Brooklyn lockup preventing inmates from speaking to attorneys, lawyers say

Staff at Brooklyn’s Metropolitan Detention Center aren’t allowing quarantined inmates to contact their attorneys — just days after a judge put prosecutors on notice about the issue, defense lawyers claim.

Attorneys for the Federal Defenders of New York said in a Tuesday letter to Brooklyn federal Judge Margo Brodie that the organization was blocked from speaking with three of its clients because they were being held in medical isolation for having coronavirus symptoms.

Brodie had warned prosecutors appearing on behalf of the US Bureau of Prisons at an April 24 telephone hearing that “inmates are entitled to their legal calls and must be allowed to place their calls, even though they’re in medical isolation,” according to a transcript of the proceedings.

“Even if it’s an isolated incident, it should not be happening at all,” Brodie said to the prosecutors.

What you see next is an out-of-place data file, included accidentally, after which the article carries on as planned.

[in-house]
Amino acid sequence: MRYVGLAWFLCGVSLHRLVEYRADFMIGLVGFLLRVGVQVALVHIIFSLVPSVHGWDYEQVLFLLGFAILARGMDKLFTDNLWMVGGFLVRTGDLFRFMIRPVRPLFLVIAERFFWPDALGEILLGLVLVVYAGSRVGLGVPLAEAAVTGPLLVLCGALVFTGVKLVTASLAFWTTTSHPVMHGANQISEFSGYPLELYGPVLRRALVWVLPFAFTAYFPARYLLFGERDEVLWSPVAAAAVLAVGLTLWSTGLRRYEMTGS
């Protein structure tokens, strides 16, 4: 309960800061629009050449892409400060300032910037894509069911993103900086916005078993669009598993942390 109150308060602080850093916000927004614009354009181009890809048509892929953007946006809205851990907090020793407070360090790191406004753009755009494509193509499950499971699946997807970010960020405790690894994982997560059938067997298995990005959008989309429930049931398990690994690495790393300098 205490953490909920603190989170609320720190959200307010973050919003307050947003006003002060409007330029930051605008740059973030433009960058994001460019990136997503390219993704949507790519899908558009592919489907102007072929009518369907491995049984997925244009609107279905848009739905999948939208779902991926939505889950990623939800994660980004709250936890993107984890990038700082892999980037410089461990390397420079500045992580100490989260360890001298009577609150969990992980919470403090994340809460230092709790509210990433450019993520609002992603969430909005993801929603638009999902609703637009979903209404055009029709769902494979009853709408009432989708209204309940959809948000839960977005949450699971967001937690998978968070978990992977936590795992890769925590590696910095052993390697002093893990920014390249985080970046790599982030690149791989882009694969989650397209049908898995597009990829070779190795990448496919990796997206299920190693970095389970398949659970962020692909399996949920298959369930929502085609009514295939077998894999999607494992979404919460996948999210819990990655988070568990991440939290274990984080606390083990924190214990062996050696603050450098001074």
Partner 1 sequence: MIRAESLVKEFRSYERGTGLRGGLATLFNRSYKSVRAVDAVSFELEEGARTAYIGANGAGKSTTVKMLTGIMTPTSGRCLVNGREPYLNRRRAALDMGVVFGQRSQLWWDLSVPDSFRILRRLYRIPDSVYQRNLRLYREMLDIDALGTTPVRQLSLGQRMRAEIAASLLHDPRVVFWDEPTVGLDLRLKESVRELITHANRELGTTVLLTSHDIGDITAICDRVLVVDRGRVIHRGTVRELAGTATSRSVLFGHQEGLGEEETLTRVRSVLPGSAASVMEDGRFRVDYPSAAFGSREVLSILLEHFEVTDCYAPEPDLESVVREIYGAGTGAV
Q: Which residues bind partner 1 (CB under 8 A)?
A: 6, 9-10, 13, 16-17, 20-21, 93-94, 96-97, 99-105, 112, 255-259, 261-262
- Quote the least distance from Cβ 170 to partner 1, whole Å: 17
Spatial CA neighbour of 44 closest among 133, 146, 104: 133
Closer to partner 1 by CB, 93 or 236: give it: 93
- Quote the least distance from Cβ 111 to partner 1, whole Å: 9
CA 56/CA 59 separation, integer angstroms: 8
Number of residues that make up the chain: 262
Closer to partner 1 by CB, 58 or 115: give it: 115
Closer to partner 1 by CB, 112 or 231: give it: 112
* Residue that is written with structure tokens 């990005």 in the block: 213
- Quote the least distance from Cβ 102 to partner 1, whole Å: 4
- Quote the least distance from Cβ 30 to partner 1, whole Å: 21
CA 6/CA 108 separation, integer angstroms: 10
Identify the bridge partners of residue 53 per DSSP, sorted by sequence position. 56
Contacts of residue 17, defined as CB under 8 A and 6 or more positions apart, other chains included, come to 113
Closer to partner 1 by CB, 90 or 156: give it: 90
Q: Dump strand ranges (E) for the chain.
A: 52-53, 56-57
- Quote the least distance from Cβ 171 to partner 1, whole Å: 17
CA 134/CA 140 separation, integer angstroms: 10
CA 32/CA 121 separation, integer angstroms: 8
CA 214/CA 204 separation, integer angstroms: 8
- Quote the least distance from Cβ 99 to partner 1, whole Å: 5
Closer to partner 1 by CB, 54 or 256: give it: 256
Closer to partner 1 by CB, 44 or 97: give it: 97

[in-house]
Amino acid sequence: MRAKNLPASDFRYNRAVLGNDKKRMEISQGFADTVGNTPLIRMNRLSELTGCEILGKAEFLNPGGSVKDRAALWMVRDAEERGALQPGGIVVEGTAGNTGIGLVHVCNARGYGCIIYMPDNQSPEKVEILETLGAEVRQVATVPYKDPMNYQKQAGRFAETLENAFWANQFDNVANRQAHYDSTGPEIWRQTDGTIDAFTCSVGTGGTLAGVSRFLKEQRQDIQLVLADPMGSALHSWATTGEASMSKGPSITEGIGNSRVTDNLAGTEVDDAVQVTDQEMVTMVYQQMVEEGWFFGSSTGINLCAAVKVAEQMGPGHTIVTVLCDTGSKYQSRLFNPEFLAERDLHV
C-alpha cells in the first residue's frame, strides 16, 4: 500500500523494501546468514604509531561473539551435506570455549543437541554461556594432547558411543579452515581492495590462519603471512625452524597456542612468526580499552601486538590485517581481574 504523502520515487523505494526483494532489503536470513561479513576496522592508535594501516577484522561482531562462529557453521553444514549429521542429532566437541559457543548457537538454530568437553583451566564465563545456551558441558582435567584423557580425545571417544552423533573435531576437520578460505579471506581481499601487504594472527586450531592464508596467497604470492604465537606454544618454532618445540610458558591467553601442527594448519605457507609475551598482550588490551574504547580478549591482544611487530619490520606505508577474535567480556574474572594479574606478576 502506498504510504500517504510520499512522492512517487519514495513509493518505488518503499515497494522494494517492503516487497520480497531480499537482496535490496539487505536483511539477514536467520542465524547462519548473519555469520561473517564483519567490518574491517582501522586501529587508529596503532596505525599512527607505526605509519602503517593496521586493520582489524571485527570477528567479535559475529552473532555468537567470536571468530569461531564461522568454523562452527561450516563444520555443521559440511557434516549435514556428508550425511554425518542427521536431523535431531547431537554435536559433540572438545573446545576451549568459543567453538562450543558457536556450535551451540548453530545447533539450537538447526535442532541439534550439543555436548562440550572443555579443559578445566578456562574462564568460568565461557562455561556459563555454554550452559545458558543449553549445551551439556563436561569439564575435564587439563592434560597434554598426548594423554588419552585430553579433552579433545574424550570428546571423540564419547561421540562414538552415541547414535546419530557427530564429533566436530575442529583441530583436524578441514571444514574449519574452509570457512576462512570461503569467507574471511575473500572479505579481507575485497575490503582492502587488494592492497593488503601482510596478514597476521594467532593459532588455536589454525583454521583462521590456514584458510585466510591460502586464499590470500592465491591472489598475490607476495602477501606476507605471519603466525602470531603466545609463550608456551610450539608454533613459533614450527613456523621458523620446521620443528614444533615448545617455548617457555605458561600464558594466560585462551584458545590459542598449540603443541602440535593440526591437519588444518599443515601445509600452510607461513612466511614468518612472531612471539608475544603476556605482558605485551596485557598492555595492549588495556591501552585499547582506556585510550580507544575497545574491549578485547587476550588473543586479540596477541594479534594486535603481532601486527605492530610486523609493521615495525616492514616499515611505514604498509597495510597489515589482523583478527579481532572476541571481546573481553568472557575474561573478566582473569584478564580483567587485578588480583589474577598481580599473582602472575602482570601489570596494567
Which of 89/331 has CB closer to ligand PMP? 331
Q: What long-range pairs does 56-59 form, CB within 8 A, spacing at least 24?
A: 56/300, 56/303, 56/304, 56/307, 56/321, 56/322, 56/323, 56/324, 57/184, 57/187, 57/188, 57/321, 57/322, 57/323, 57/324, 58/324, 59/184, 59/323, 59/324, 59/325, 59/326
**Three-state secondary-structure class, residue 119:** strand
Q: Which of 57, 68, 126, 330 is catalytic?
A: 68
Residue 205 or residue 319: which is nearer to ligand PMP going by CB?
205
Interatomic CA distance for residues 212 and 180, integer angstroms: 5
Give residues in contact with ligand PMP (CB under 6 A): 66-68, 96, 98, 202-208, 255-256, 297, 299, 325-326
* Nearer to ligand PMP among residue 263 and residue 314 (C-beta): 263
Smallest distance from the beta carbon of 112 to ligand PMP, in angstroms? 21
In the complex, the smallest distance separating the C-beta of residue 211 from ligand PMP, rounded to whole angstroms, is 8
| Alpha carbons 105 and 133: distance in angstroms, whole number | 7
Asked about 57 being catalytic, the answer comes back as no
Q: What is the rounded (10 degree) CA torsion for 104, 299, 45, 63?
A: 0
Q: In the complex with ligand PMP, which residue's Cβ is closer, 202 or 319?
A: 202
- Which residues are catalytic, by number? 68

Sean Hecker, an attorney representing the Federal Defenders, said in a letter to Brodie that MDC does not have a policy of restricting inmate calls if they are being held in quarantine — and yet at least one call was cancelled on Monday because, a prison staffer said, an “inmate is in isolation.”

As of April 23, six inmates and 26 staff members at MDC had tested positive for coronavirus, according to a report to a federal judge — though union reps told The Post that number is an undercount due to a lack of widespread testing.

The Federal Defenders’ lawsuit was filed in January 2019 and originally addressed MDC’s move to cancel visitation by inmates’ and family members following a fire that partially knocked out power to the prison — plunging the 1,700-bed federal lockup into a “humanitarian crisis” as it struggled to keep the heat on, the organization charged.

The US Attorney’s office in Brooklyn declined to comment.


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